2HR CRAFTSPEAK: In this post we meet with Jordan Stirrat, a talented aquascaper from the UK who is especially well loved by the community for his active sharing of techniques and approaches.
I am a passionate aquascaper from Scotland, UK with four years of experience.
Originating from my memories as a child this aquascape resembles a pond bank.
When we are children, we are said to be at our most creative, therefore I thought taking a childhood memory and using it towards an aquascape would be a fascinating idea. Whilst I was young, I spent much of my free time in the woods with friends and nearby was a loch (body of water in Scotland).
This creation is in the memory of my happy childhood spent near the loch.
The hardscape concept started with a wooden bank surrounded with round stones and pebbles. The wood stretches out into the water and has earmarks of how tree roots may look at the edge of water in nature. The structure holds back a steep mound of aquasoil that almost reached the top of this shallow tank. Zip tied and stuffed with filter wool the wooden structure was used to keep the aquasoil from emerging into the front portion of the tank.
The emersed section included many different pond marginal plants that aren’t often seen in the aquarium hobby and are more likely found in your back garden pond.
The submerged section (under water) is an area I played with colour, texture, and leaf shapes.
There are many dark green tones, but I have purposely added areas of bright green and red to draw the viewers eye in.
This aquascape was in my living room at a time where I had just started working from home. I often gazed over in the tanks direction and felt a true sense of relaxation from nature.
No other tank I have owned has provided me with such a sense of nature. This is my favourite creation to date.
Featuring an arc / bridge shape concept this is my most recent aquascape. While unique to me as I have never attempted to create such a layout it also unique because I haven’t seen many aquascapes like it online.
The ark provides an area of negative space in the centre of the tank while all the branches flow in one direction from the top left to the bottom right. A rib like formation can been seen on the left side allowing for planting to be done in-between.
I would normally sketch out my concept idea before collecting materials or introducing hardscape into the tank. This time I just went with the flow and positioned the wood and rock in a way that made sense to me.
As soon as I started, I was engrossed into the creative zone and by the end I had created something I probably wouldn’t have conceptualised.
This tank comprises of only epiphyte plants that attach to the hardscape. The plants have been used in the most natural way as no glue or thread was used. I feel that by placing the plants into the cracks and crevices in the hardscape this establishes the most natural appearance.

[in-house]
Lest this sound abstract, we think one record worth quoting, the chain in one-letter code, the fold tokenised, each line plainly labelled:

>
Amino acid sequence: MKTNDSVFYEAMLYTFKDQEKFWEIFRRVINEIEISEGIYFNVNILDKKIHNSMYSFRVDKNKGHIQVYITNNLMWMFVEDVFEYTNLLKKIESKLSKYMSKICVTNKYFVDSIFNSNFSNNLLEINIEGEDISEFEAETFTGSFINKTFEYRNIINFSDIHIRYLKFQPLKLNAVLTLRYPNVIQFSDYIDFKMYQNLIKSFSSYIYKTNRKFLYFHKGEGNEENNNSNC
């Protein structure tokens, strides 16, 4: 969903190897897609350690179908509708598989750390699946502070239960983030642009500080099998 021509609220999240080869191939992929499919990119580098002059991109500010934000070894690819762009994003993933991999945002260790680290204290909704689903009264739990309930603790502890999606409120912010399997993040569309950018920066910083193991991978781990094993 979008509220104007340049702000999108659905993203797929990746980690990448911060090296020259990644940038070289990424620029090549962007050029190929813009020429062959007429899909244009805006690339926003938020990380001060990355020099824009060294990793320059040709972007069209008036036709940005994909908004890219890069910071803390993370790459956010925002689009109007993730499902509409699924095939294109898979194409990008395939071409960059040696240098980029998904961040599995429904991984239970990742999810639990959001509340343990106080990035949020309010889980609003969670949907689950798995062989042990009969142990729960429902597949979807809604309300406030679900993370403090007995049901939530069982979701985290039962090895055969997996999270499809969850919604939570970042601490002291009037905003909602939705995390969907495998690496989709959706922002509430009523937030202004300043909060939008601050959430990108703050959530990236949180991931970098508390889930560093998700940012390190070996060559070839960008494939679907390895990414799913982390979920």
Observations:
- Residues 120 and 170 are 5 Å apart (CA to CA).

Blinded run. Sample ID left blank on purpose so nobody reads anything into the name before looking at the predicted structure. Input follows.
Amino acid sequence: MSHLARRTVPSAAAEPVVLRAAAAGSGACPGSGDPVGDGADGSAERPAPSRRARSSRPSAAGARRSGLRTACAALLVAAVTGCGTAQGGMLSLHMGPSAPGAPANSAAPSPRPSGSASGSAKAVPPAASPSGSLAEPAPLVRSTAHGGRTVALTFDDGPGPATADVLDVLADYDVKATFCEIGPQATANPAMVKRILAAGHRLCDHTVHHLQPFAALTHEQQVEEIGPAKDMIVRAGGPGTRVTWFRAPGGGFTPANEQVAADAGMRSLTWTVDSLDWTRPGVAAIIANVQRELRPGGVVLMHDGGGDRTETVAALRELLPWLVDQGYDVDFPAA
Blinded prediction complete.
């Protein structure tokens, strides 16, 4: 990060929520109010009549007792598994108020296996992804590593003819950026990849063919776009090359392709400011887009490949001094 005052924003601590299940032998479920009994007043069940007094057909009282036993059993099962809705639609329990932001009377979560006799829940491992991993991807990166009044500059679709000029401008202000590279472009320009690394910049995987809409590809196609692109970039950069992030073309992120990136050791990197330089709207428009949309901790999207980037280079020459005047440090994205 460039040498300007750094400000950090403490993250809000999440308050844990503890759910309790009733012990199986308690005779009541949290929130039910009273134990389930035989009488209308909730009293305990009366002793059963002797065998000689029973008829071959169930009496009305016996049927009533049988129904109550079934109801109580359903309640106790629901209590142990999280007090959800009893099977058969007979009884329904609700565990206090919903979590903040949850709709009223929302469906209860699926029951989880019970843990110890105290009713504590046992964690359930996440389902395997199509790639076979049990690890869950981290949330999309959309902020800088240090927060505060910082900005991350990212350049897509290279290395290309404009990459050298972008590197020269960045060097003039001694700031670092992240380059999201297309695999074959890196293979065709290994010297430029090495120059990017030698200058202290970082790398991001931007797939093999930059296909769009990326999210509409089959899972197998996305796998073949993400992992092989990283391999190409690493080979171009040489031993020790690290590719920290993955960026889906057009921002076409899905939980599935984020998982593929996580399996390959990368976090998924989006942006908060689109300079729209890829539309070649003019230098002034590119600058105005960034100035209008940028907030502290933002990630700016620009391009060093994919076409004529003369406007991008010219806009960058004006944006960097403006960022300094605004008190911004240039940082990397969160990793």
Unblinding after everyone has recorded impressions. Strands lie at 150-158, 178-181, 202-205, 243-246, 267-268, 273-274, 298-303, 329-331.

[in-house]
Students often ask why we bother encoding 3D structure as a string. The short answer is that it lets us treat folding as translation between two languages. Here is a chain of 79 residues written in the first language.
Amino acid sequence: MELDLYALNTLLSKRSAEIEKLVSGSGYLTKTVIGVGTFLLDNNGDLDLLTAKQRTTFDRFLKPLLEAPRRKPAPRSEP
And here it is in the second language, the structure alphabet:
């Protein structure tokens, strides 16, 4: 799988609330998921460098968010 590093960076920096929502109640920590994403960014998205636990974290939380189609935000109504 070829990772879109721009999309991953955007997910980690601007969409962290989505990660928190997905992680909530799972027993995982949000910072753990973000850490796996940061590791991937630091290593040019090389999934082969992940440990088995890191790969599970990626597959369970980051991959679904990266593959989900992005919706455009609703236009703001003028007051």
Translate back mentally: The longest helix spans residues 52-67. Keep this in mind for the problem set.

When looking for inspiration in nature we may take a closer look at how plants and moss propagate to let us get a better understanding of how they grow in nature. Moss and plants tend to grow in-between tree roots and not on the exposed roots themselves due to the flow of water or the abrasive elements. I really wanted to showcase my understanding of that in this aquascape.
Each tank had different maintenance requirements due to the plant choice and layout.
Faster growing stem plants require trimming more frequently whereas moss and slow growing epiphytes rarely need attention.
The marginal plants in the pond tank required trimming every week or two but this was a simple task when compared to trimming the dense stem bushes within the Brazilian style tank.
My approach to creating a hardscape or a new design varies with each project. Sometimes a comprehensive plan and preliminary sketch is created but often I might start by moving rocks and wood around on the floor to find a design that takes my interest.
If I find a single piece of unique hardscape that may also spark an idea or the same can be said with a nature photo I have taken.
When constructing hardscape I attempt to find ways two single pieces may fit together more naturally and see where that leads to.
I find that a bit of care and attention combined with lots of observation can be a very successful strategy. Finding the route cause of any issue and resolving it would be the ideal scenario and that’s what I aim to achieve.
I try to use at least one new plant with each aquascape in order to grow a bigger plant vocabulary. I choose plants based upon the hardscape layout or vision I have and rarely because I have an attachment to a specific species.
I would like to believe I can diagnose issues with my planted tanks quicker now and am able to resolve most issues without asking for help. When I was a beginner hobbyist I had great friends willing to help me with any questions I had and without them I wouldn’t have achieved the same success.
After mastering the basics you are able to focus more on the creative side.